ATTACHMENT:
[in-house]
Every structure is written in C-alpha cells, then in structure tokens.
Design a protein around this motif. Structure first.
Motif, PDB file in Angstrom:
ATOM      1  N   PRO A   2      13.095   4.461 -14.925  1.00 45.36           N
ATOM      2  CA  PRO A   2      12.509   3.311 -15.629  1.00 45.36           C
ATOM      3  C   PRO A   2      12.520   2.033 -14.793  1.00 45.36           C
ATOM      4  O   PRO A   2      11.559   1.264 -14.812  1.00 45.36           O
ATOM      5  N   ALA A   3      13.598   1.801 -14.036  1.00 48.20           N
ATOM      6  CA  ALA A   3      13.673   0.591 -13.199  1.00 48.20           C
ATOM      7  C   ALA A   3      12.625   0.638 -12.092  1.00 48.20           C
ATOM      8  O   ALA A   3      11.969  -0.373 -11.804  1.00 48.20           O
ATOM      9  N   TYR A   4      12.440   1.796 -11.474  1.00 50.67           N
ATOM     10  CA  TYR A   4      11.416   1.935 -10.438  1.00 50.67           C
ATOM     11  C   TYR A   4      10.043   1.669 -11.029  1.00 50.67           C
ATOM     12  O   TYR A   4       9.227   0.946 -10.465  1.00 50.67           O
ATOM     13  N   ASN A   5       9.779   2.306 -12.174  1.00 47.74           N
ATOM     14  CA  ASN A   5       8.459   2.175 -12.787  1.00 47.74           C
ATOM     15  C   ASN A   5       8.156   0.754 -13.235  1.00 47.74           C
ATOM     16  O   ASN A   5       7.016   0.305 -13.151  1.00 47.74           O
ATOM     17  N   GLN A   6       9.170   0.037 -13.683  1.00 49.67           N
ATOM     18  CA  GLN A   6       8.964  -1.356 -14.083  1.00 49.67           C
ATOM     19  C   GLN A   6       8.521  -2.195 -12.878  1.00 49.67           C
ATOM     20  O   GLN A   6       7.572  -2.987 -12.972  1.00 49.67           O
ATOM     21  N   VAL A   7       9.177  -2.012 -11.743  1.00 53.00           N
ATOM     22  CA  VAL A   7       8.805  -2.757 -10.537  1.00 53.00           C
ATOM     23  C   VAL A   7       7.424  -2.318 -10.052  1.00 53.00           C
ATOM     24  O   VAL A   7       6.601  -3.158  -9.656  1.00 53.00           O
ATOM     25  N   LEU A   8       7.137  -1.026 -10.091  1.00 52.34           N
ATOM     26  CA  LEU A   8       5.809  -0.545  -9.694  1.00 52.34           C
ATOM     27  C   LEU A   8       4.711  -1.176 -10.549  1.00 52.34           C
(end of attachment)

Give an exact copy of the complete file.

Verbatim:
[in-house]
Every structure is written in C-alpha cells, then in structure tokens.
Design a protein around this motif. Structure first.
Motif, PDB file in Angstrom:
ATOM      1  N   PRO A   2      13.095   4.461 -14.925  1.00 45.36           N
ATOM      2  CA  PRO A   2      12.509   3.311 -15.629  1.00 45.36           C
ATOM      3  C   PRO A   2      12.520   2.033 -14.793  1.00 45.36           C
ATOM      4  O   PRO A   2      11.559   1.264 -14.812  1.00 45.36           O
ATOM      5  N   ALA A   3      13.598   1.801 -14.036  1.00 48.20           N
ATOM      6  CA  ALA A   3      13.673   0.591 -13.199  1.00 48.20           C
ATOM      7  C   ALA A   3      12.625   0.638 -12.092  1.00 48.20           C
ATOM      8  O   ALA A   3      11.969  -0.373 -11.804  1.00 48.20           O
ATOM      9  N   TYR A   4      12.440   1.796 -11.474  1.00 50.67           N
ATOM     10  CA  TYR A   4      11.416   1.935 -10.438  1.00 50.67           C
ATOM     11  C   TYR A   4      10.043   1.669 -11.029  1.00 50.67           C
ATOM     12  O   TYR A   4       9.227   0.946 -10.465  1.00 50.67           O
ATOM     13  N   ASN A   5       9.779   2.306 -12.174  1.00 47.74           N
ATOM     14  CA  ASN A   5       8.459   2.175 -12.787  1.00 47.74           C
ATOM     15  C   ASN A   5       8.156   0.754 -13.235  1.00 47.74           C
ATOM     16  O   ASN A   5       7.016   0.305 -13.151  1.00 47.74           O
ATOM     17  N   GLN A   6       9.170   0.037 -13.683  1.00 49.67           N
ATOM     18  CA  GLN A   6       8.964  -1.356 -14.083  1.00 49.67           C
ATOM     19  C   GLN A   6       8.521  -2.195 -12.878  1.00 49.67           C
ATOM     20  O   GLN A   6       7.572  -2.987 -12.972  1.00 49.67           O
ATOM     21  N   VAL A   7       9.177  -2.012 -11.743  1.00 53.00           N
ATOM     22  CA  VAL A   7       8.805  -2.757 -10.537  1.00 53.00           C
ATOM     23  C   VAL A   7       7.424  -2.318 -10.052  1.00 53.00           C
ATOM     24  O   VAL A   7       6.601  -3.158  -9.656  1.00 53.00           O
ATOM     25  N   LEU A   8       7.137  -1.026 -10.091  1.00 52.34           N
ATOM     26  CA  LEU A   8       5.809  -0.545  -9.694  1.00 52.34           C
ATOM     27  C   LEU A   8       4.711  -1.176 -10.549  1.00 52.34           C